Indiana University

Columbus sculpture project receives tourism award

  • May 1, 2013

INDIANAPOLIS - The Columbus Area Arts Council has received a $25,000 award for its Columbus Indiana Sculpture Biennial project. Two other organizations, one in Bloomington, Ind., and the other in Oxford, Ohio, each received $5,000 runner-up cultural tourism awards.

The awards were presented at the recent Midwest Cultural Tourism Conference. The event is presented by the Efroymson Family Fund and the IU Department of Tourism, Conventions and Event Management at IUPUI.

The $25,000 Efroymson Award for Excellence in Cultural Tourism is given to a Midwestern nonprofit with a creative, emerging cultural tourism initiative. Selection criteria include efforts that demonstrate new ideas, attract new visitors, promote the Midwest as a tourism destination, foster a greater understanding of history, heritage and culture, and create a substantial local economic or other impact.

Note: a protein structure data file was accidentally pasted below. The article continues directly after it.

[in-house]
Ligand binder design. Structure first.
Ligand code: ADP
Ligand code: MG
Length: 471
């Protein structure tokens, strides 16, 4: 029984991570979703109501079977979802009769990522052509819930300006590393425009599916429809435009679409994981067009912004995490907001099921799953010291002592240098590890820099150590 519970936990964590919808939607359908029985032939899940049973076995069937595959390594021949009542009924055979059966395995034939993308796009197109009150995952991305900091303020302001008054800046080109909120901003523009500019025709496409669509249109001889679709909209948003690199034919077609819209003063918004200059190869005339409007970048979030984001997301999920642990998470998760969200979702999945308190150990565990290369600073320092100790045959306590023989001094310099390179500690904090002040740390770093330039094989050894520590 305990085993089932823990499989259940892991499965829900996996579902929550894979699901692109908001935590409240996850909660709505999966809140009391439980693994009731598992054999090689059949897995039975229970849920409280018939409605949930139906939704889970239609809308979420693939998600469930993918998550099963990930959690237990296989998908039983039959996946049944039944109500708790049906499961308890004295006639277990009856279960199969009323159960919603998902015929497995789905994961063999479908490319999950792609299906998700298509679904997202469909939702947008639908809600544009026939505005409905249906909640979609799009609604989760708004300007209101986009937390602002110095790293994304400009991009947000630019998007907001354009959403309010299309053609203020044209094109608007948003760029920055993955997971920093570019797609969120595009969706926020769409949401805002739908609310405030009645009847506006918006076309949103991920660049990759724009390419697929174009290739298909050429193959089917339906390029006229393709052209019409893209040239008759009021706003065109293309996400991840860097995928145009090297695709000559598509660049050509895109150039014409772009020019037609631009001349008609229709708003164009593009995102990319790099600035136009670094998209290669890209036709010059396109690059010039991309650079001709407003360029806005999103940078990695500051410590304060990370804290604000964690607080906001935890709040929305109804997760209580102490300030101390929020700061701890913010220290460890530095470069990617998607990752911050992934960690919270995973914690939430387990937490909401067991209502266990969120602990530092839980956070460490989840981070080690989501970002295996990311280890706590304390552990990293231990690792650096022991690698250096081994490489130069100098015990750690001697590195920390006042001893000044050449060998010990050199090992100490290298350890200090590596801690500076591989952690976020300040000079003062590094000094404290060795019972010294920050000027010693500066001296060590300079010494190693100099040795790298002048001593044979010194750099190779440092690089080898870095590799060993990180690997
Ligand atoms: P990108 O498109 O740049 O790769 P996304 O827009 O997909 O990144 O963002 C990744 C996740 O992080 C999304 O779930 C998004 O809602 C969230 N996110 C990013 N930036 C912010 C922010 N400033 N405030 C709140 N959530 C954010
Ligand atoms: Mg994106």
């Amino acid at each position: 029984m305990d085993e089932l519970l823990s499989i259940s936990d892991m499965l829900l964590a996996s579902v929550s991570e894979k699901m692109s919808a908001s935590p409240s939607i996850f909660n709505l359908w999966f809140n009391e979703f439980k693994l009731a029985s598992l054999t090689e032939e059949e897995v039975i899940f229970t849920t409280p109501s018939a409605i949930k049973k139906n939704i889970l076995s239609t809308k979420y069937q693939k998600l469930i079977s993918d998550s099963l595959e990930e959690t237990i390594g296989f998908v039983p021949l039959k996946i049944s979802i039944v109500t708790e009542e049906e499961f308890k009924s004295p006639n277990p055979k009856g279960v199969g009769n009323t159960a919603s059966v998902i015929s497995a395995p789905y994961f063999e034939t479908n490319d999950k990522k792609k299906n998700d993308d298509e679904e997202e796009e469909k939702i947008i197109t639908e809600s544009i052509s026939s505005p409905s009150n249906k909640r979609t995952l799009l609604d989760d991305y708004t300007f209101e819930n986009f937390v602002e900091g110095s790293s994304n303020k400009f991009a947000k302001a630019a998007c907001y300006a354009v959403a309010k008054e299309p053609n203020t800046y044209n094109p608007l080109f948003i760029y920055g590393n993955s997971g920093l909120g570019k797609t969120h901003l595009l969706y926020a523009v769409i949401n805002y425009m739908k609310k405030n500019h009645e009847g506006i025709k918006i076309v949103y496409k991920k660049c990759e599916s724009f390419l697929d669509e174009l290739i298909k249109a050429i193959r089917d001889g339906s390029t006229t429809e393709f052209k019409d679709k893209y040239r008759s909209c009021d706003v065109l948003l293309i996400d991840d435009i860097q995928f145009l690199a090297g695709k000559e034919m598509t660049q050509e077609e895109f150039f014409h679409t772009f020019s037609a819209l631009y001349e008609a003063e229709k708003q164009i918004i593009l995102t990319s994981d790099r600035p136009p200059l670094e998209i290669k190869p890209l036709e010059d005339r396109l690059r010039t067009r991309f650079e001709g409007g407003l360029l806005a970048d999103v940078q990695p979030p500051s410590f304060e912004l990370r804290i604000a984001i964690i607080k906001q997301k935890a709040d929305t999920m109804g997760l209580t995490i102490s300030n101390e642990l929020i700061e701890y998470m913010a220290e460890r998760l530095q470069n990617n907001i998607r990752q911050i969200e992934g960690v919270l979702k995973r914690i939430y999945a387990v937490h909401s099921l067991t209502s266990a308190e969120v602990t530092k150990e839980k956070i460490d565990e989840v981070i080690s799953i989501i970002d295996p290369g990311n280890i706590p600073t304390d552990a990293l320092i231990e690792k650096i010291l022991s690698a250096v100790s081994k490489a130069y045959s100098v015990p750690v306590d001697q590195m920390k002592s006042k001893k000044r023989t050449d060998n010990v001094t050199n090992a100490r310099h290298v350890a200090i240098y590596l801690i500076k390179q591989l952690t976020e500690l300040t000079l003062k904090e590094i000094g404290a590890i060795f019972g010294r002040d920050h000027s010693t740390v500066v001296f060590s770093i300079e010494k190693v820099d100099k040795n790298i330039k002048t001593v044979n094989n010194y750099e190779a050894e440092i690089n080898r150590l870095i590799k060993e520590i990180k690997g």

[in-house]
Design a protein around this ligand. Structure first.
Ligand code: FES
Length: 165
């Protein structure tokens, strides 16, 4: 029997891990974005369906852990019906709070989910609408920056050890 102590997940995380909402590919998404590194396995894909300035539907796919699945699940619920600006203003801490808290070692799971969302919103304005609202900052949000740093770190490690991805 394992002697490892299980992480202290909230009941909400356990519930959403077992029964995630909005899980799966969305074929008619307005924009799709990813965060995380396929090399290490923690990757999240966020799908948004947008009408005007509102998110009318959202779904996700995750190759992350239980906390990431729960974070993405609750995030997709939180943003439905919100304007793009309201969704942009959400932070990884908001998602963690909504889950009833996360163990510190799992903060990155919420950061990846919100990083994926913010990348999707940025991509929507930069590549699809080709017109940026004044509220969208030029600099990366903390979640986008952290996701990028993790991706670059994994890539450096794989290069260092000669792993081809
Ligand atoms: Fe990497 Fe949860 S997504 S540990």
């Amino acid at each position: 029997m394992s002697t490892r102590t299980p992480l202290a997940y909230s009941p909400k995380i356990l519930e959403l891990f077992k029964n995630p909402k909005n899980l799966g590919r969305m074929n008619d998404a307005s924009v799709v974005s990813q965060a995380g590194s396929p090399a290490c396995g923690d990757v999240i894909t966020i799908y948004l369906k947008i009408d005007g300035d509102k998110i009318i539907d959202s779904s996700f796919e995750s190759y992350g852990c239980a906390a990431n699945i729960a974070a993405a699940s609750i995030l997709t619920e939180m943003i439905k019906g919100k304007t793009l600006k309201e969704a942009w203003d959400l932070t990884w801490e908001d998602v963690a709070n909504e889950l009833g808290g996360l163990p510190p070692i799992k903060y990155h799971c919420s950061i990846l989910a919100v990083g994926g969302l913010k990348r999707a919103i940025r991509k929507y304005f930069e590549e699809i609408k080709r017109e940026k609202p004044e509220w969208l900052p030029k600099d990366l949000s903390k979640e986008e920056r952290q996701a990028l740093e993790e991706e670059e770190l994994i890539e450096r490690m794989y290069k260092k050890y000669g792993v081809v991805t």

The Columbus Area Arts Council project is an inaugural project of the newly created Columbus Arts District, drawing on the city’s internationally recognized reputation for art and architectural excellence in the built environment. The project will bring a collection of large outdoor sculptures to Columbus and immerse observers in a dynamic physical experience with public art. The rotation of temporary works on a two-year basis will encourage repeated visits by tourists and will ensure continued engagement and dialogue within the local community.

The Lotus Education and Arts Foundation in Bloomington was recognized for its Lotus World Music and Arts Festival, now in its 20th year. It fosters artistic excellence by presenting more than 25 performances by musicians, and it creates opportunities for underserved audiences to participate in arts activities highlighting diverse world cultures

The Oxford Visitors Bureau was recognized for its Oxford Kinetics Festival, a celebration of creativity in motion with activities for tinkerers of all ages. The festival's goal is to get people thinking differently about art and to see the interaction between artistic sculpture, science and engineering.

Media Contacts

Richard Schneider